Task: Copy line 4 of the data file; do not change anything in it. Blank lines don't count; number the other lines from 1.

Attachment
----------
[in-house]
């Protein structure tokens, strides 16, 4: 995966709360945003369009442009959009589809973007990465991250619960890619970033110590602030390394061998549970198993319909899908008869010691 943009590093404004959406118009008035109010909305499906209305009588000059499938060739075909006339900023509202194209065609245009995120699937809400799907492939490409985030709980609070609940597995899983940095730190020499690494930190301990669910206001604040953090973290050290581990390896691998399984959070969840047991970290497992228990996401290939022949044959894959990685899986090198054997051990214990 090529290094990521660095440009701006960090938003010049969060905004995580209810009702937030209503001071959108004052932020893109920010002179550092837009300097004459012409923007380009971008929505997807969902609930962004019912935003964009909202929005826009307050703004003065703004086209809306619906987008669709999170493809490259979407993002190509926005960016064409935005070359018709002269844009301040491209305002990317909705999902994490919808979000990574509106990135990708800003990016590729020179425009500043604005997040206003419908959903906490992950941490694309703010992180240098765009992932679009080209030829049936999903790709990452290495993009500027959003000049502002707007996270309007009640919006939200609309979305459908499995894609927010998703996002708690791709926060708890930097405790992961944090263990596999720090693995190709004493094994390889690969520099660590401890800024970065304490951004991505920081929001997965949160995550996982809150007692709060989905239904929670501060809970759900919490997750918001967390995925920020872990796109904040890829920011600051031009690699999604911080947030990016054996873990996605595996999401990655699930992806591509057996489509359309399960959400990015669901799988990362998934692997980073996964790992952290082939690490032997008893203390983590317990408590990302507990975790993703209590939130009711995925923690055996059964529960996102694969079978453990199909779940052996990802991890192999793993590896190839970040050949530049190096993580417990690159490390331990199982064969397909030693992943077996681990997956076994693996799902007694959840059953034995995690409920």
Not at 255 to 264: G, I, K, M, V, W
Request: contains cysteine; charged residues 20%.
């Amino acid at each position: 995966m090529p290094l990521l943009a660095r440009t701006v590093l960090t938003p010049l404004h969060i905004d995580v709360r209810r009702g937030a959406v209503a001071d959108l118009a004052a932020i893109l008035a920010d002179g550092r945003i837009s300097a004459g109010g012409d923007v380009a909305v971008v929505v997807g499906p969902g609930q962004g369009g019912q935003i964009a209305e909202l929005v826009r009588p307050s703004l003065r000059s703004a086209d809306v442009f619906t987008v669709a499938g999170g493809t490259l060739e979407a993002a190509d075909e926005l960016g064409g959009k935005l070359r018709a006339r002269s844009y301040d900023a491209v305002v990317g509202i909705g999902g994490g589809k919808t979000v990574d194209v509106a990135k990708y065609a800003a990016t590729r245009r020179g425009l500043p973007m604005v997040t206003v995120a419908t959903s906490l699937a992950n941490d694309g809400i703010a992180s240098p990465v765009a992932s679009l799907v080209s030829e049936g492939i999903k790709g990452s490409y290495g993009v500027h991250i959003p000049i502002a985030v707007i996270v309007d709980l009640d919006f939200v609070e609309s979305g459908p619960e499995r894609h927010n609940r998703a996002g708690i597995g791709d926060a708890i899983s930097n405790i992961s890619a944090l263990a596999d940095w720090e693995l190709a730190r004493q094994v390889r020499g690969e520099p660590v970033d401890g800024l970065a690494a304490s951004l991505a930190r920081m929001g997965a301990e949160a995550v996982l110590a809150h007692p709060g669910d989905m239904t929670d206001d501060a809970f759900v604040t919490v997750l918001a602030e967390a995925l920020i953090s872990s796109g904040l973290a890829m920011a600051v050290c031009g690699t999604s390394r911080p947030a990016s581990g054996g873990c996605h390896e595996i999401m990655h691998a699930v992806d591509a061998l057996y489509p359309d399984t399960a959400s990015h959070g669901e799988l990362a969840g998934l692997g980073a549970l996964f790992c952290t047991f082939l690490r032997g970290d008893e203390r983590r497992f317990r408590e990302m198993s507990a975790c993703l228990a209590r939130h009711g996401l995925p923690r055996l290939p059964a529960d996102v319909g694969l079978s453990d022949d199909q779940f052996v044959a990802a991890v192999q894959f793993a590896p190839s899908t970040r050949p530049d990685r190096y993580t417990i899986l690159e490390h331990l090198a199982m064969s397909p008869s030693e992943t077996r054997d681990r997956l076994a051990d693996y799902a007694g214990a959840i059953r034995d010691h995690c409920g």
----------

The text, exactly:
Request: contains cysteine; charged residues 20%.